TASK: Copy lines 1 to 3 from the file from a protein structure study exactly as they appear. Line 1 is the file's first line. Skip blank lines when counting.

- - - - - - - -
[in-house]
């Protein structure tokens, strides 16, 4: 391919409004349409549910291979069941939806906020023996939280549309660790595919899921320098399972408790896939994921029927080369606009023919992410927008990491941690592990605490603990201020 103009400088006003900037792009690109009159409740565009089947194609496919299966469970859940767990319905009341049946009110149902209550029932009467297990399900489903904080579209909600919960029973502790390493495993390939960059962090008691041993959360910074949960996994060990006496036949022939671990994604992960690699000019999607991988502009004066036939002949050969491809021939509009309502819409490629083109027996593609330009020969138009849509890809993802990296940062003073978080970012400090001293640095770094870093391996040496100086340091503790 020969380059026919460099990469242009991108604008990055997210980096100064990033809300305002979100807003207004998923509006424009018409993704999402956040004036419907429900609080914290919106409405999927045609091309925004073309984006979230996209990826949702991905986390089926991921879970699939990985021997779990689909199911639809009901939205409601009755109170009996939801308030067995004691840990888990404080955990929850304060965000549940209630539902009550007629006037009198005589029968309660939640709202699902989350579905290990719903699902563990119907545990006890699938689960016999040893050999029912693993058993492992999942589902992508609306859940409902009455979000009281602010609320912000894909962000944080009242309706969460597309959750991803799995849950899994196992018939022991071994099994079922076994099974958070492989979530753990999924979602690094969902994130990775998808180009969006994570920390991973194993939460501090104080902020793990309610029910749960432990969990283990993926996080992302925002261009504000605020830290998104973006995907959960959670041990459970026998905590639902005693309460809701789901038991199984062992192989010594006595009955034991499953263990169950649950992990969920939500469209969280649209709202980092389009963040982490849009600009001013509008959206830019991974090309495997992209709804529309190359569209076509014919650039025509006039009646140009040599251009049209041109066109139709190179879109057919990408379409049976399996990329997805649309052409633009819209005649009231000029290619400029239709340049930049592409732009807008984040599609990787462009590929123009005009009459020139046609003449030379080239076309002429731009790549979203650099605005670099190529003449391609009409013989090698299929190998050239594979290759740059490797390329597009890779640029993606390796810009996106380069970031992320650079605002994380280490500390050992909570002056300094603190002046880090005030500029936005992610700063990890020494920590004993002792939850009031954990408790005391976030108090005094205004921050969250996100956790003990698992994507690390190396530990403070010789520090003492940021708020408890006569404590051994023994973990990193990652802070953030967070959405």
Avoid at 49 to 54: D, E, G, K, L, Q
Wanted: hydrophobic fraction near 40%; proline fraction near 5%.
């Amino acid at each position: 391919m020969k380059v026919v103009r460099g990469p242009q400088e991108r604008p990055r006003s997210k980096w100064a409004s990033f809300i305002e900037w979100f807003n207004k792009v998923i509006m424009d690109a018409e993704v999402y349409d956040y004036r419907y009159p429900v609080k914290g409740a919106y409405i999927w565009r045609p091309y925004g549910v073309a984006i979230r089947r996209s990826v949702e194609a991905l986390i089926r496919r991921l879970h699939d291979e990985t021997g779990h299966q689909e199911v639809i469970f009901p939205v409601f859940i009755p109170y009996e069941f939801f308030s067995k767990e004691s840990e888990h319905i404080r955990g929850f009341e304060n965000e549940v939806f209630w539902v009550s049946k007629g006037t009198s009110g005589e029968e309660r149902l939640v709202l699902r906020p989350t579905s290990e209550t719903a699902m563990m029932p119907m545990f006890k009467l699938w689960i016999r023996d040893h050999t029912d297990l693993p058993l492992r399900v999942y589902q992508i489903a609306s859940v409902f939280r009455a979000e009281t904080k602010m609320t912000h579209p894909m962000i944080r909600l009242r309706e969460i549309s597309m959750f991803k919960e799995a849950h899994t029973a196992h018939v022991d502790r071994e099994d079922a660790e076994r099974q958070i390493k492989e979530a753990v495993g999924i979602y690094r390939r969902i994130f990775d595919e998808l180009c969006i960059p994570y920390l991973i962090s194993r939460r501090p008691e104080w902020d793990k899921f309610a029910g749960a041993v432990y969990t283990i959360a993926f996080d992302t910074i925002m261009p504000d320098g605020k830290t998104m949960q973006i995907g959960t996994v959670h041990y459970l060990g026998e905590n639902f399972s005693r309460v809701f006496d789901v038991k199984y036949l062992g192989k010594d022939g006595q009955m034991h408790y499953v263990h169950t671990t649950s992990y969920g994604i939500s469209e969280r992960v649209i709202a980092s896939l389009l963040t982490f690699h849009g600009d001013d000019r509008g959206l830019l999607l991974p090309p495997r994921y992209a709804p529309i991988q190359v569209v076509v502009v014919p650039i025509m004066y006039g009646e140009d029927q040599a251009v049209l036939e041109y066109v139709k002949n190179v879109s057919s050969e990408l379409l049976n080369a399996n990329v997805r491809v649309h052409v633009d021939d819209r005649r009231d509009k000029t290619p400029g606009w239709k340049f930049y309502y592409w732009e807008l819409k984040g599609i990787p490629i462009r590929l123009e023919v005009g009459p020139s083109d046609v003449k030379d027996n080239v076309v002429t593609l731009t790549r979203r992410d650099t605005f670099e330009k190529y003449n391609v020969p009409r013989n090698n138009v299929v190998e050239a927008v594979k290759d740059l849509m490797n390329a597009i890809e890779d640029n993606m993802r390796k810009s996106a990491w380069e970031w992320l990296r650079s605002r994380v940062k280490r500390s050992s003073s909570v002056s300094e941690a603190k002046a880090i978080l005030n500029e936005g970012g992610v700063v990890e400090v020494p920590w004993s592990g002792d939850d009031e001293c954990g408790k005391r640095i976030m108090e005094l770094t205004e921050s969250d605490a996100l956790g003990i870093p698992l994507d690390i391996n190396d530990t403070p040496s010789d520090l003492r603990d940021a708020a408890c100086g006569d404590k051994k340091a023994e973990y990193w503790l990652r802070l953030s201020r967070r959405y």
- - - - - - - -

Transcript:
[in-house]
């Protein structure tokens, strides 16, 4: 391919409004349409549910291979069941939806906020023996939280549309660790595919899921320098399972408790896939994921029927080369606009023919992410927008990491941690592990605490603990201020 103009400088006003900037792009690109009159409740565009089947194609496919299966469970859940767990319905009341049946009110149902209550029932009467297990399900489903904080579209909600919960029973502790390493495993390939960059962090008691041993959360910074949960996994060990006496036949022939671990994604992960690699000019999607991988502009004066036939002949050969491809021939509009309502819409490629083109027996593609330009020969138009849509890809993802990296940062003073978080970012400090001293640095770094870093391996040496100086340091503790 020969380059026919460099990469242009991108604008990055997210980096100064990033809300305002979100807003207004998923509006424009018409993704999402956040004036419907429900609080914290919106409405999927045609091309925004073309984006979230996209990826949702991905986390089926991921879970699939990985021997779990689909199911639809009901939205409601009755109170009996939801308030067995004691840990888990404080955990929850304060965000549940209630539902009550007629006037009198005589029968309660939640709202699902989350579905290990719903699902563990119907545990006890699938689960016999040893050999029912693993058993492992999942589902992508609306859940409902009455979000009281602010609320912000894909962000944080009242309706969460597309959750991803799995849950899994196992018939022991071994099994079922076994099974958070492989979530753990999924979602690094969902994130990775998808180009969006994570920390991973194993939460501090104080902020793990309610029910749960432990969990283990993926996080992302925002261009504000605020830290998104973006995907959960959670041990459970026998905590639902005693309460809701789901038991199984062992192989010594006595009955034991499953263990169950649950992990969920939500469209969280649209709202980092389009963040982490849009600009001013509008959206830019991974090309495997992209709804529309190359569209076509014919650039025509006039009646140009040599251009049209041109066109139709190179879109057919990408379409049976399996990329997805649309052409633009819209005649009231000029290619400029239709340049930049592409732009807008984040599609990787462009590929123009005009009459020139046609003449030379080239076309002429731009790549979203650099605005670099190529003449391609009409013989090698299929190998050239594979290759740059490797390329597009890779640029993606390796810009996106380069970031992320650079605002994380280490500390050992909570002056300094603190002046880090005030500029936005992610700063990890020494920590004993002792939850009031954990408790005391976030108090005094205004921050969250996100956790003990698992994507690390190396530990403070010789520090003492940021708020408890006569404590051994023994973990990193990652802070953030967070959405």
Avoid at 49 to 54: D, E, G, K, L, Q